I’m on a Boat

I'm on a boat.

Everybody look at me 'cause I'm sailing on a boat.

I always hated Thousand Needles because the race track was just so stupid.  Some people think Cataclysm has done a lot wrong with World of Warcraft, but look at me… I’m on a boat.

The last time I wrote about my worgen it was over here, January 14th and I’d just made my way out of the starter zone which left me at level 12 or 13, I forget.  Maybe it was 14.  Doesn’t matter.  What matters is that as of last weekend, just five weeks later, I’m level 47.  Sure, you say, “Five weeks?! Why aren’t you at, like, 70?” but keep in mind, this is 47 without really trying.  I’ve spent much more time on my rogue who doesn’t kill, and so really this is level 47 in a total of 72 hours played.  And at least half of that is standing around chatting with people, role playing and browsing the auction house.  I’ve made it to level 47, heard the DING! of a level gained 46 times and I feel absolutely no sense of accomplishment whatsoever.  Every time the rogue makes a level I feel like I’ve conquered something, like I’ve crested another hill.  With the worgen, it’s more like, “Shit… I leveled again?  Didn’t I just level like twenty minutes ago?  Well, fuck, all my quests are green, and where did all the exclamation points go?  Did I outlevel another quest hub before I finished it?”  I feel like I’m missing the game, like I’m being pushed toward some end game, hurried along so that I don’t have a chance to get bored or to notice whether or not I’m actually enjoying playing.

In a few levels I won’t have anything left worthwhile in Thousand Needles.  The kills will be trivial, and the quests will be all gone, and the only real herb here is Stranglekelp, which gains me no skill and people aren’t even paying much for these days, but I suspect that I’ll return here because it’s the only place my River Boat works.  And ultimately this is where my biggest conflict with WoW comes in… there are some really cool and awesome places in this world, and you don’t get to stay there.  Why can’t I spend my days on the river fighting pirates and monsters?  I mean, I suppose I could, but the game doesn’t support it.  There are daily quests for fishing and cooking and other things, but why doesn’t each quest hub have a couple of dailies to making hanging around even mildly interesting and rewarding?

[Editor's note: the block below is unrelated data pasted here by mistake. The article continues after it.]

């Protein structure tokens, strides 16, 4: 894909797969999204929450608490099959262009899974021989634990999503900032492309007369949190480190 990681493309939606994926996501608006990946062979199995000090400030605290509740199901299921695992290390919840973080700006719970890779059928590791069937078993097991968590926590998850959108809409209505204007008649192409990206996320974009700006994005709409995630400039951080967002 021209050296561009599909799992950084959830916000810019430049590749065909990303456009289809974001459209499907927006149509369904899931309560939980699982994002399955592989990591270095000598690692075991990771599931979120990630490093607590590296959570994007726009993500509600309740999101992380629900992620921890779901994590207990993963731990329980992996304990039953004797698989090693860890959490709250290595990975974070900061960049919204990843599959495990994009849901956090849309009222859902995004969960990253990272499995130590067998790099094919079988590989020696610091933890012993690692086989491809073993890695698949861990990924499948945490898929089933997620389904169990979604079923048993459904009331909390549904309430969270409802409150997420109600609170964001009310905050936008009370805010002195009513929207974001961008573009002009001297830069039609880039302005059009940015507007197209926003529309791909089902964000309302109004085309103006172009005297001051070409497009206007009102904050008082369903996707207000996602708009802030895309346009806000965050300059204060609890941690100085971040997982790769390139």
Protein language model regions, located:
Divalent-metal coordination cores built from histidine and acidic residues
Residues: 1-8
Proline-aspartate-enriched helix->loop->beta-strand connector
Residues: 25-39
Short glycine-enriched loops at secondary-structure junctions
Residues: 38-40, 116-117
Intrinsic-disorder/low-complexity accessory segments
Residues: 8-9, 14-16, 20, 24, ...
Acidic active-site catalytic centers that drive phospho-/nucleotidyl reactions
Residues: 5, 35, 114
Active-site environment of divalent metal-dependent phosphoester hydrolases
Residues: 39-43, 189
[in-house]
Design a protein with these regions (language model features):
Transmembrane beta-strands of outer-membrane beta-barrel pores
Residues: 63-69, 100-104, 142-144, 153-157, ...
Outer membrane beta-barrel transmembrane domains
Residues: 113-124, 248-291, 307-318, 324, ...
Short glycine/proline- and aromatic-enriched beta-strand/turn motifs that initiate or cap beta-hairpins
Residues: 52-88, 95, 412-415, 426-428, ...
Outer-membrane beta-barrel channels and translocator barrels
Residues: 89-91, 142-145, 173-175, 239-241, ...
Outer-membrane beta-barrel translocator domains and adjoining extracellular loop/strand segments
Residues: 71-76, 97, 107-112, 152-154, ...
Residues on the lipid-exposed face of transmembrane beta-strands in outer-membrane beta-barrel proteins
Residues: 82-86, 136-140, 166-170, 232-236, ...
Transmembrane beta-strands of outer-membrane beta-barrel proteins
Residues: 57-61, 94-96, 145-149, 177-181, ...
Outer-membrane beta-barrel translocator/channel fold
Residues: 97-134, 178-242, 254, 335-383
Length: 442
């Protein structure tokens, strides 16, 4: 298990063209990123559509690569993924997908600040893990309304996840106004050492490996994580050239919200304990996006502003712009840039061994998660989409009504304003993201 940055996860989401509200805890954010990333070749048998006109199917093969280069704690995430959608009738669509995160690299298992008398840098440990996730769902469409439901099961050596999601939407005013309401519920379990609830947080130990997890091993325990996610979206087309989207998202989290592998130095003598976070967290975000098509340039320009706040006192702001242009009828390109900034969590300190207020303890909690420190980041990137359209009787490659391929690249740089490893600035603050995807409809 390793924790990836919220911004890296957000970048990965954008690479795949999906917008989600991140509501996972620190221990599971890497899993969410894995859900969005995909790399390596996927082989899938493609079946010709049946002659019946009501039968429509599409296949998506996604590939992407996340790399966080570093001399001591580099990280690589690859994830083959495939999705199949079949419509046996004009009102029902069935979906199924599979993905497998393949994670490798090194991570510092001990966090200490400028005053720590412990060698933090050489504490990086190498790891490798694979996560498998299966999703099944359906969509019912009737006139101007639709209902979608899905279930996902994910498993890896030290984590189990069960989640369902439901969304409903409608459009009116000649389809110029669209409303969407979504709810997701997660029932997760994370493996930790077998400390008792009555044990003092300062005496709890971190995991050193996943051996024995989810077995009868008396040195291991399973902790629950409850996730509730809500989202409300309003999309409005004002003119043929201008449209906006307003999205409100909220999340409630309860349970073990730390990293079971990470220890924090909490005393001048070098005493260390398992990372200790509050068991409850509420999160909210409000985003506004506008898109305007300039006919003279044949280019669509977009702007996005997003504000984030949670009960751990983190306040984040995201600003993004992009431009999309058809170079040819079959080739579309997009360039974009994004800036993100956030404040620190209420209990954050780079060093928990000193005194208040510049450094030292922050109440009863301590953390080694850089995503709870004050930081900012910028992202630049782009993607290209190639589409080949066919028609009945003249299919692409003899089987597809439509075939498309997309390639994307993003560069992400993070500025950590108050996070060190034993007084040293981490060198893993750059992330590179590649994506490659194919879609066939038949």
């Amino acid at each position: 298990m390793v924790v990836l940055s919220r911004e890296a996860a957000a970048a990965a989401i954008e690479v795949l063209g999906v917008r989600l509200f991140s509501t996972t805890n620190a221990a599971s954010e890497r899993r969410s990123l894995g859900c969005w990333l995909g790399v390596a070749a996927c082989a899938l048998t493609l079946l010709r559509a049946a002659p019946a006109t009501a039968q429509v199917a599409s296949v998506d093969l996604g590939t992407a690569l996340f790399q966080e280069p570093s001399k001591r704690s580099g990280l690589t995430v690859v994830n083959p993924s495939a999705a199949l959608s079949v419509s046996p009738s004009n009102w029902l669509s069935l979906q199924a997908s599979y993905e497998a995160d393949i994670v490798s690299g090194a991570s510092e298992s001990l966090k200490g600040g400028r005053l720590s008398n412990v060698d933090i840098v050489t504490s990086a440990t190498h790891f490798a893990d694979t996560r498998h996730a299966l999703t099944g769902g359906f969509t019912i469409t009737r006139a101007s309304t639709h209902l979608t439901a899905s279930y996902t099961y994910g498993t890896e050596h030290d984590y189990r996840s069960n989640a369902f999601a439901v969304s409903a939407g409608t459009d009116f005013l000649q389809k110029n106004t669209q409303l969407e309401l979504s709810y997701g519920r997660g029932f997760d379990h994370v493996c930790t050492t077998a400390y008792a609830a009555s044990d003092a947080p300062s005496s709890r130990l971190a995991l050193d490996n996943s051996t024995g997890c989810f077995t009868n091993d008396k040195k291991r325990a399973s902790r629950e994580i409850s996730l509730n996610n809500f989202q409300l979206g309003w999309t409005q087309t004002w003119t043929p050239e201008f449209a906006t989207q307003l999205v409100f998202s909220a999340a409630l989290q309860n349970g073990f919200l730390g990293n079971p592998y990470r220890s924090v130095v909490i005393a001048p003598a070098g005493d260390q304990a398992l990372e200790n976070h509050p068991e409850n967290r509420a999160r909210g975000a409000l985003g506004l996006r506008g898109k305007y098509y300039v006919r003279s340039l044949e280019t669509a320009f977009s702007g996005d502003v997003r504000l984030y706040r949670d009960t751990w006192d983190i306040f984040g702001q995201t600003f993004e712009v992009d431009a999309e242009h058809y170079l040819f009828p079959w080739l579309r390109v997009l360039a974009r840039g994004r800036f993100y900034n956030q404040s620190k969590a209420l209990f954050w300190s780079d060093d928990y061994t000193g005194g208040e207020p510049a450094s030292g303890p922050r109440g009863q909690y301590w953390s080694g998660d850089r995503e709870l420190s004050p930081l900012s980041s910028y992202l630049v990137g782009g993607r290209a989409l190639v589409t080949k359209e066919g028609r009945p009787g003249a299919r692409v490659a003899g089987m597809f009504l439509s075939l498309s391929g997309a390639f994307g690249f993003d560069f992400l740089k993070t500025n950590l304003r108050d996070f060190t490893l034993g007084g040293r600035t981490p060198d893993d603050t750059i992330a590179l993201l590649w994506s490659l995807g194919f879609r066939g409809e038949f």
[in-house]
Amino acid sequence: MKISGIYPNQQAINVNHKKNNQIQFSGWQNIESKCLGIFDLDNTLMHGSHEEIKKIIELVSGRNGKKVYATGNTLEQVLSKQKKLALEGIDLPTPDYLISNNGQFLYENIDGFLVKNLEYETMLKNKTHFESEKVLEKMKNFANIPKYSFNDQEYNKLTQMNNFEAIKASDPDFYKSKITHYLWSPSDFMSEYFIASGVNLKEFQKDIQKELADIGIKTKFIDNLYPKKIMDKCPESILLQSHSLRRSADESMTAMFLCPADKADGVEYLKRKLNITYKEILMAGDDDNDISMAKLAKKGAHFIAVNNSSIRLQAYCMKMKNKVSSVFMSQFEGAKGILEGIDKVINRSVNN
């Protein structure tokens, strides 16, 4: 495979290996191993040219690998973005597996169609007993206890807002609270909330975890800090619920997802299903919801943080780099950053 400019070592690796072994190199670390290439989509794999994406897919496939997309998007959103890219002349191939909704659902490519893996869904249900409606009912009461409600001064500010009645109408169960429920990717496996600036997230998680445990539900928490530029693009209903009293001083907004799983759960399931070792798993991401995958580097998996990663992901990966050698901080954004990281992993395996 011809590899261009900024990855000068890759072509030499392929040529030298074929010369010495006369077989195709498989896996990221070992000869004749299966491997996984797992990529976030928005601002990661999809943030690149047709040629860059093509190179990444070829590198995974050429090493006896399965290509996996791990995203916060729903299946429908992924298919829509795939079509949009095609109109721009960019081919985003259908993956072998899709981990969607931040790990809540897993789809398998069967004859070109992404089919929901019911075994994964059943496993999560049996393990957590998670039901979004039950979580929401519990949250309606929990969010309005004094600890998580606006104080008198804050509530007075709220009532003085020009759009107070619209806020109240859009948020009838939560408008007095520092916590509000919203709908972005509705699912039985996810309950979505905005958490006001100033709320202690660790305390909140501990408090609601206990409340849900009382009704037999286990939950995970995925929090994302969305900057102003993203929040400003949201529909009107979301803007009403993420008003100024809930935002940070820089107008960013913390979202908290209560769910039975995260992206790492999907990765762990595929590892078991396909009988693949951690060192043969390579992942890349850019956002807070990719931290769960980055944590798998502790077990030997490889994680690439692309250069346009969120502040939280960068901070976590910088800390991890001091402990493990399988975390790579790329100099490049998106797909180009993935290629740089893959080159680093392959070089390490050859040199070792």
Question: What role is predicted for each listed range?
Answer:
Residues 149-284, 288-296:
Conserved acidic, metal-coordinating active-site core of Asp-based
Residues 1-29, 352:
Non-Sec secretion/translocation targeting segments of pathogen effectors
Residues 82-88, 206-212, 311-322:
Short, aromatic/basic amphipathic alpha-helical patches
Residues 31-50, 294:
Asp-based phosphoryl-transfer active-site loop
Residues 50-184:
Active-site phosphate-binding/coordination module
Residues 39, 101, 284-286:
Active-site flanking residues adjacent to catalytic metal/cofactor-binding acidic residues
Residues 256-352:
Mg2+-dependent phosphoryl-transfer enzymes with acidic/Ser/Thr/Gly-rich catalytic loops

Not to go off on a tangent, but face it – this entire post is a tangent (a nice Friday sojourn off into rant land), but with the advent of the daily quest, why isn’t this mechanic used everywhere?  We all know that killing monsters is a pointless pursuit in WoW, they’ve hamstrung the exp on them so much, and quests are where the action is, and daily quest exp scales with level, so why not have a handful of quests in every hub where you can get one or two a day and continue to level doing whatever the hell you want?

No.  Instead, I have to make yet another zone useless and leave it to probably never return.  The empty husk of a world that necessitated The Cataclysm in the first place.

Oh well, at least for now… I’m on a boat.

4 comments

  1. Tesh says:

    Question, then… does everything in the game need to be rewarded? What happened to playing for the fun of playing?

    Maybe Blizzard is trying to cure us of the ding addiction by making them less valuable?

    • Jason says:

      I don’t believe Blizzard is doing that because the design outside the dings is so bland. You can, just for the fun of it, try to stay in one area, but once the quests dry up you’ll notice that almost all the fun stuff is tied to the quests. If you aren’t questing, the game has no life at all. You literally have to make everything up yourself because the game has nothing, and while there is nothing intrinsically wrong with that concept, the fact that 99.9999999% of the players are going to blow past you and you’ll be playing alone makes the prospect very unappealing to me.

  2. Tesh says:

    …yeah, I don’t think they would do that either. Y’know, just thinking out loud. 😛

    I do have to wonder, though… if levels were removed and anyone could play anywhere, would we still need directed questing or could we just have fun playing around/with other people? …and might that require a *smaller* world? Hmm…

    • Jason says:

      That, I’m totally behind. I want levels gone. I’d love for more games to explore design without artificial barriers and rails for players. And I think it would require a smaller world from the player perspective, but not necessarily a smaller game on the whole. I envision a game that is town-centric, where you can find things to do and whatnot all from your “home” city, but there are dozens of towns (instead of servers) and you can emigrate from one town to another. (And then we get into player managed towns, which I’ve blogged about before, and will again in the future.) But you would need, for the player, a smaller world where they would be required to travel great distances to do what the game offered, encouraging players to stay bunched together.

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